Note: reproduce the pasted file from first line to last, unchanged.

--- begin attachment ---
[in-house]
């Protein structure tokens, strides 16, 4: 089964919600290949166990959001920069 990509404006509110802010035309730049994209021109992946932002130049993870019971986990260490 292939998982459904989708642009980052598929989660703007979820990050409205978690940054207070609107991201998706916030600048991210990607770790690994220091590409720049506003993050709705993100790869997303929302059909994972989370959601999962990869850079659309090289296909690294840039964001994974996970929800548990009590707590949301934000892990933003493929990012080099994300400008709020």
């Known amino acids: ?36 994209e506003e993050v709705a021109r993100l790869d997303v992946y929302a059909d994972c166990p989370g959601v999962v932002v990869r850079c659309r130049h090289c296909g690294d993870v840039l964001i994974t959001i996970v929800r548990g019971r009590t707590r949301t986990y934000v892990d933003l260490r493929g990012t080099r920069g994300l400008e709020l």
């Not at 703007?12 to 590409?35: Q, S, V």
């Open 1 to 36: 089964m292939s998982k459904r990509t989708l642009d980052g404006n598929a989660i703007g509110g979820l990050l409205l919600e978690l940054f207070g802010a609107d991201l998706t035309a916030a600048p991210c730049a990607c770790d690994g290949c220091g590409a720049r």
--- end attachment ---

[in-house]
């Protein structure tokens, strides 16, 4: 089964919600290949166990959001920069 990509404006509110802010035309730049994209021109992946932002130049993870019971986990260490 292939998982459904989708642009980052598929989660703007979820990050409205978690940054207070609107991201998706916030600048991210990607770790690994220091590409720049506003993050709705993100790869997303929302059909994972989370959601999962990869850079659309090289296909690294840039964001994974996970929800548990009590707590949301934000892990933003493929990012080099994300400008709020």
């Known amino acids: ?36 994209e506003e993050v709705a021109r993100l790869d997303v992946y929302a059909d994972c166990p989370g959601v999962v932002v990869r850079c659309r130049h090289c296909g690294d993870v840039l964001i994974t959001i996970v929800r548990g019971r009590t707590r949301t986990y934000v892990d933003l260490r493929g990012t080099r920069g994300l400008e709020l």
């Not at 703007?12 to 590409?35: Q, S, V």
């Open 1 to 36: 089964m292939s998982k459904r990509t989708l642009d980052g404006n598929a989660i703007g509110g979820l990050l409205l919600e978690l940054f207070g802010a609107d991201l998706t035309a916030a600048p991210c730049a990607c770790d690994g290949c220091g590409a720049r």